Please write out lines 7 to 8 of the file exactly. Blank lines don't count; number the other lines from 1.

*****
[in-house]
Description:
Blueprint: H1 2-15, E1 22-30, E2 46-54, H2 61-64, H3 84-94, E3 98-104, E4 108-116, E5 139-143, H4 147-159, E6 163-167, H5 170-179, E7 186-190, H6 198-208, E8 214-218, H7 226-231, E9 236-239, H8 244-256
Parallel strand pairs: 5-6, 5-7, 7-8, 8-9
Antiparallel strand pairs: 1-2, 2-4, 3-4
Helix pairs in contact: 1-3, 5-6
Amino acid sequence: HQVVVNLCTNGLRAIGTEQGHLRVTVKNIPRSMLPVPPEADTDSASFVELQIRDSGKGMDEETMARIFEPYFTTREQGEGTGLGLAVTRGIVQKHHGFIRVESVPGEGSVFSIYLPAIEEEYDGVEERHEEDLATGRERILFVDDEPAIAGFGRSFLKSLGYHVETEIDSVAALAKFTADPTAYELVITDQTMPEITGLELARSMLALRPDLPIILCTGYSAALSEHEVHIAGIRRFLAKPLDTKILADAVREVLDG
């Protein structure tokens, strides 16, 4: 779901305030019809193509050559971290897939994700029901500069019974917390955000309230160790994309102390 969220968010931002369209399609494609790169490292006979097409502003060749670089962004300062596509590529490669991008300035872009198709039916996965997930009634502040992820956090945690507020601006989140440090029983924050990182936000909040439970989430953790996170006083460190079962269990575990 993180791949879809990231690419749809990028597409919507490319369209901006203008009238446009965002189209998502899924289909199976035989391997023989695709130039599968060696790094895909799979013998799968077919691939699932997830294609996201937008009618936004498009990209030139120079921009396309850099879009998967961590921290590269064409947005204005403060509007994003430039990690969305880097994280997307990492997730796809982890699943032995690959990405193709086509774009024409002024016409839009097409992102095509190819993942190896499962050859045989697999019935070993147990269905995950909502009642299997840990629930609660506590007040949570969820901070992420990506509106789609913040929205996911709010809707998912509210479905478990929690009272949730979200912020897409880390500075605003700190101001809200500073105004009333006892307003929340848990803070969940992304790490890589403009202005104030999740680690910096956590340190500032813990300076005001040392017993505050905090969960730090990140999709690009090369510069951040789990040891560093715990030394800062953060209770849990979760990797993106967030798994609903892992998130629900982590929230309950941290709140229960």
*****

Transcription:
Amino acid sequence: HQVVVNLCTNGLRAIGTEQGHLRVTVKNIPRSMLPVPPEADTDSASFVELQIRDSGKGMDEETMARIFEPYFTTREQGEGTGLGLAVTRGIVQKHHGFIRVESVPGEGSVFSIYLPAIEEEYDGVEERHEEDLATGRERILFVDDEPAIAGFGRSFLKSLGYHVETEIDSVAALAKFTADPTAYELVITDQTMPEITGLELARSMLALRPDLPIILCTGYSAALSEHEVHIAGIRRFLAKPLDTKILADAVREVLDG
């Protein structure tokens, strides 16, 4: 779901305030019809193509050559971290897939994700029901500069019974917390955000309230160790994309102390 969220968010931002369209399609494609790169490292006979097409502003060749670089962004300062596509590529490669991008300035872009198709039916996965997930009634502040992820956090945690507020601006989140440090029983924050990182936000909040439970989430953790996170006083460190079962269990575990 993180791949879809990231690419749809990028597409919507490319369209901006203008009238446009965002189209998502899924289909199976035989391997023989695709130039599968060696790094895909799979013998799968077919691939699932997830294609996201937008009618936004498009990209030139120079921009396309850099879009998967961590921290590269064409947005204005403060509007994003430039990690969305880097994280997307990492997730796809982890699943032995690959990405193709086509774009024409002024016409839009097409992102095509190819993942190896499962050859045989697999019935070993147990269905995950909502009642299997840990629930609660506590007040949570969820901070992420990506509106789609913040929205996911709010809707998912509210479905478990929690009272949730979200912020897409880390500075605003700190101001809200500073105004009333006892307003929340848990803070969940992304790490890589403009202005104030999740680690910096956590340190500032813990300076005001040392017993505050905090969960730090990140999709690009090369510069951040789990040891560093715990030394800062953060209770849990979760990797993106967030798994609903892992998130629900982590929230309950941290709140229960």